Documents obtained by the Associated Press Friday show Syed Raheel Farook chose a very different path than his brother, Syed Rizwan Farook, who opened fire at a holiday party in San Bernardino last week, killing 14 and wounding 21. In fact, Raheel is a decorated U.S. Navy veteran who received recognition for his contributions to the war on terror.
The Farook brothers grew up side by side, each experiencing the same challenges and each given the same opportunities, but while Raheel – the elder of the two – chose to join the military and serve his country, Rizwan waged his own war, ultimately carrying out what is now being called an act of terrorism.
In their younger years, being close in age, the brothers often ran with the same crowd, but those who knew them said their differences became increasingly apparent by the end of high school, Reuters reported. Raheem was described as the kind of guy who liked to party and have girlfriends, even girlfriends who weren’t Muslim, while Rizwan was deep-seeded in his religion.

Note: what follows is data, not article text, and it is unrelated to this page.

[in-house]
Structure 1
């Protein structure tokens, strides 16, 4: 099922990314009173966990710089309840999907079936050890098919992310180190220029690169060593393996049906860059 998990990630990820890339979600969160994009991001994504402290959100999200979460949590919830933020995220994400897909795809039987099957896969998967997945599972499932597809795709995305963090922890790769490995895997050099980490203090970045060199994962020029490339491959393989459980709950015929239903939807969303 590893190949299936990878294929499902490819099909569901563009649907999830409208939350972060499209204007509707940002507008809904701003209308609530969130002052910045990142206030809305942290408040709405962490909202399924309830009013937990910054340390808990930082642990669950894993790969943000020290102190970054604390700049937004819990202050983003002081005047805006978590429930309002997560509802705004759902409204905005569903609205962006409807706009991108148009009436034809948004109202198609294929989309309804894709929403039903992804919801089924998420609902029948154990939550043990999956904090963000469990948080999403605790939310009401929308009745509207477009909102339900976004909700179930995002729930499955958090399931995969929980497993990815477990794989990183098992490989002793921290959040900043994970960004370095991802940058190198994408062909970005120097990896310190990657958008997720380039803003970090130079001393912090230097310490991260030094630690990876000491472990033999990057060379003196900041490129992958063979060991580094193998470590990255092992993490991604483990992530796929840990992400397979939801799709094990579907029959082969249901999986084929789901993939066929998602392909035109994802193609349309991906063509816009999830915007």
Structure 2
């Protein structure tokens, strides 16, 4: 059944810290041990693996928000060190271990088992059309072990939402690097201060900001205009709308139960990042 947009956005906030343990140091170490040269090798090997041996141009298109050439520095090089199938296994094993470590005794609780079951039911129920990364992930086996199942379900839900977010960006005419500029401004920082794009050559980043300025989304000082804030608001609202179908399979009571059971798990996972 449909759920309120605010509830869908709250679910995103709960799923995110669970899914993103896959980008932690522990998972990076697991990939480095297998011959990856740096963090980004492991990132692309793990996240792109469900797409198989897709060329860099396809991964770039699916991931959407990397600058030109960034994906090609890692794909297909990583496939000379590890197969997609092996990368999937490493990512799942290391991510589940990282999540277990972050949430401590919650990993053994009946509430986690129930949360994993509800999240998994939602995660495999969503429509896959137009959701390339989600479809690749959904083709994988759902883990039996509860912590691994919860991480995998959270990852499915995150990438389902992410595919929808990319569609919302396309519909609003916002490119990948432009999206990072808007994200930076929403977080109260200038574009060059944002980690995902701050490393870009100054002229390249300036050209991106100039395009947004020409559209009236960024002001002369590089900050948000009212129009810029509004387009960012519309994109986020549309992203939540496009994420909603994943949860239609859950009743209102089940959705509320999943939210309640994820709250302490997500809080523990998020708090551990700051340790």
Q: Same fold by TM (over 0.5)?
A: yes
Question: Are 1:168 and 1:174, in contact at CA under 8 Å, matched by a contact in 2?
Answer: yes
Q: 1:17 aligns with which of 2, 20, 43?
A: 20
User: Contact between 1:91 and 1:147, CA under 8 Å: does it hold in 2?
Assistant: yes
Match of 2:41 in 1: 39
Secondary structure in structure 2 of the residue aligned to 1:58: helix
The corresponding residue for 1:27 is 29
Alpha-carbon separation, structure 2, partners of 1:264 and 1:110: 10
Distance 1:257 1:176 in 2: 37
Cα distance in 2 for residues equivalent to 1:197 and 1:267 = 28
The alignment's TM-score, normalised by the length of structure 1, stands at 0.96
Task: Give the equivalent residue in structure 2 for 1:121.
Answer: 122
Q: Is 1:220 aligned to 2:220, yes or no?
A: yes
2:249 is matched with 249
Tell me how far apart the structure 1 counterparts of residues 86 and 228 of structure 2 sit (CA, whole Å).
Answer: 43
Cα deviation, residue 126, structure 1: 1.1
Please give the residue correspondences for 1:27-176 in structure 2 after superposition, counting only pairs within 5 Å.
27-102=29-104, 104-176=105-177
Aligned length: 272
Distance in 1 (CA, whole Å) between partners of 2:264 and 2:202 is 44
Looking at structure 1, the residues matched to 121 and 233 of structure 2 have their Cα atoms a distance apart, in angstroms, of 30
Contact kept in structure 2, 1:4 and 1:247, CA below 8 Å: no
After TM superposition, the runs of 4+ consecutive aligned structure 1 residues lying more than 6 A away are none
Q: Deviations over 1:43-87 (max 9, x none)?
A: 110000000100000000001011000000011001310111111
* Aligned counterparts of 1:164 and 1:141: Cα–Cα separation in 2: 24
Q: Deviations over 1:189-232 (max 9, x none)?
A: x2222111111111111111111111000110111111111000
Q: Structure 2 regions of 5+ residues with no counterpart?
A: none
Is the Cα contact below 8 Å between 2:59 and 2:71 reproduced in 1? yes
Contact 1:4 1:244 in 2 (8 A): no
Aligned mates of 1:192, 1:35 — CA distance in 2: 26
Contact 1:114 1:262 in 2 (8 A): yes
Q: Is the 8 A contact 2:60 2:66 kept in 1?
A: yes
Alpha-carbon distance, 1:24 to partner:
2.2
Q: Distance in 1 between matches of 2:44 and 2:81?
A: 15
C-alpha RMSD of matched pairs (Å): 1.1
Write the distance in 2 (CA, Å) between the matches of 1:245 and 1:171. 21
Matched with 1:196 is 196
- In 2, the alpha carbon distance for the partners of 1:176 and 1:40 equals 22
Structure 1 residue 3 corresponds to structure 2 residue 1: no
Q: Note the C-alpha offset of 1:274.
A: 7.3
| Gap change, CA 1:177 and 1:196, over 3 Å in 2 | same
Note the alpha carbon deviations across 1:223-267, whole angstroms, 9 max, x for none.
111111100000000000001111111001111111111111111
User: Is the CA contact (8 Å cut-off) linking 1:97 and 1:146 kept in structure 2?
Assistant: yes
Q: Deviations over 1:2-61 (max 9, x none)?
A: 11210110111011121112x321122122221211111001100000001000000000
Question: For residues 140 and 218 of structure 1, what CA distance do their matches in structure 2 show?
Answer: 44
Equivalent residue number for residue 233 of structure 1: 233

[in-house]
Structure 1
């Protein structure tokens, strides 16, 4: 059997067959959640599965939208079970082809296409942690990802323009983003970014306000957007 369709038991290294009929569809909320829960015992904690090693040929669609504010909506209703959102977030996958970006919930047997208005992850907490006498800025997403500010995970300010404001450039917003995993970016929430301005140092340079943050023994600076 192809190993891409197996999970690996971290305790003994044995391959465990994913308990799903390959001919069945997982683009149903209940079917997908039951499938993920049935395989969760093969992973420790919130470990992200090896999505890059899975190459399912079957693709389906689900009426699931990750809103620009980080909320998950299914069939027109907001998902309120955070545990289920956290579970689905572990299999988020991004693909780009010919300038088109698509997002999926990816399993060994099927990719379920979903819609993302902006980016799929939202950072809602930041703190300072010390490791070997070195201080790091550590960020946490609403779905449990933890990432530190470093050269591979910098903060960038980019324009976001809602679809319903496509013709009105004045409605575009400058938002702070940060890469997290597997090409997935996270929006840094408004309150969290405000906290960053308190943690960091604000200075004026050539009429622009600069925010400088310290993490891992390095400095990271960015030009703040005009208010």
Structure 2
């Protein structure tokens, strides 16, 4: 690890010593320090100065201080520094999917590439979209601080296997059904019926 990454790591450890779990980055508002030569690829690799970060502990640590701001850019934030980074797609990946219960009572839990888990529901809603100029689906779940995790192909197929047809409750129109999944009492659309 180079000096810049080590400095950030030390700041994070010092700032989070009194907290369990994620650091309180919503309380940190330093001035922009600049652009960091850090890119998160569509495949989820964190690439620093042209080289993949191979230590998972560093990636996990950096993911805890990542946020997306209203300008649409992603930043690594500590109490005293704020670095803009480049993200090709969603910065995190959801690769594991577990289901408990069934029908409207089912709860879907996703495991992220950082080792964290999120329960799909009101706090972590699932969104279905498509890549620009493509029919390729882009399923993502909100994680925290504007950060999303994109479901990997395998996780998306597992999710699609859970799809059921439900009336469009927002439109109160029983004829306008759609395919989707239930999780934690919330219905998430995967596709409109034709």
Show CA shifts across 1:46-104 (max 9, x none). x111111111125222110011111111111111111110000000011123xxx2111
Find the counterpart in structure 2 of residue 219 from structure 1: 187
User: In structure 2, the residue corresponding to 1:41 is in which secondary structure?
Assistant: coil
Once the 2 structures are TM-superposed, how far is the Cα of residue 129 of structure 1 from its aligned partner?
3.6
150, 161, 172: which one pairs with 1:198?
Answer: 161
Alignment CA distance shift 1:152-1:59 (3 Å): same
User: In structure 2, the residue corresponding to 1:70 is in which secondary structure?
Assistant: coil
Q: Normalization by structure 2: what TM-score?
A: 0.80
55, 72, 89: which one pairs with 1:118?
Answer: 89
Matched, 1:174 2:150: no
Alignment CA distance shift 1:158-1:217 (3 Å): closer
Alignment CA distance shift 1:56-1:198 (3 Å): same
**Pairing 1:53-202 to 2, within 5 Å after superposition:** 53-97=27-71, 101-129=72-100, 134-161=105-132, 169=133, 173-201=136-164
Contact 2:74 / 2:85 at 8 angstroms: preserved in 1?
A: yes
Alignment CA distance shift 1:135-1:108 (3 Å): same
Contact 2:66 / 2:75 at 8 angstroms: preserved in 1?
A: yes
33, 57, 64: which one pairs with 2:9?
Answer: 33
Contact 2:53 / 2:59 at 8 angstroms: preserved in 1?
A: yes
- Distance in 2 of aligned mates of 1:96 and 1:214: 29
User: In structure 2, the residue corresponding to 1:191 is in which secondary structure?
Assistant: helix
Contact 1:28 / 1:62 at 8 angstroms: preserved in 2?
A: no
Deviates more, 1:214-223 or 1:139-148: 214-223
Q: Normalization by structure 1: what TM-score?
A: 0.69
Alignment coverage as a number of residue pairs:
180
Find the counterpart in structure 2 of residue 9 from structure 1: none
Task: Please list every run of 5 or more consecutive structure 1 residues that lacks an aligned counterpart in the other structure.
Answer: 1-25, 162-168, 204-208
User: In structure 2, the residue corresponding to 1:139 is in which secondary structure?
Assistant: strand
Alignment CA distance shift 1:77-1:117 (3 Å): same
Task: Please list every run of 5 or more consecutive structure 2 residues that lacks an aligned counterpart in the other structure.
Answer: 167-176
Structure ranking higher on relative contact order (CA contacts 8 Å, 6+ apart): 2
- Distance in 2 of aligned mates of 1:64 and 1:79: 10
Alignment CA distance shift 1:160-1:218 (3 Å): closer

Shakib Ahmed, who attended mosque with the Farooks, said that even though Rizwan was more quiet and reserved, he would lose his temper with his older brother.
“He was nice to everyone else, but he was kind of the dominating type. He would yell at his brother,” Ahmed said.
Usmaan Arshad, who went to high school with the brothers, described Raheel as just a normal guy, while “no one talked to Rizwan.”
After high school, the young men went their separate ways. Raheem joined the Navy and was soon thereafter assigned to the USS Enterprise where he worked as an information system technician for three years. Rizwan completed high school a year early and a short time later began to ditch his blue jeans and polos for robes and grew a beard, as he became increasingly drawn into his religion.
In the years that followed, the tumultuous relationship of the Farooks’ parents reached a breaking point when they divorced in 2006 after nearly 25 years of marriage. Rafia Farook, the boys’ mother, filed for the divorce, citing domestic abuse and her husband’s mental illness, claiming that he threatened suicide on a near-daily basis. Rafia noted that during at least one incident, her son came between her and her husband in an attempt to “save her.”
Currently, Raheel still lives in Southern California, and in the days following the deadly shooting, Reheel and the entire Farook family are left questioning what drove Rizwan to such an act of terror. Raheel is said to be very upset over the incident, according to the family’s attorney, David Chesley.
“He’s totally depressed and broken with grief,” Chesley said.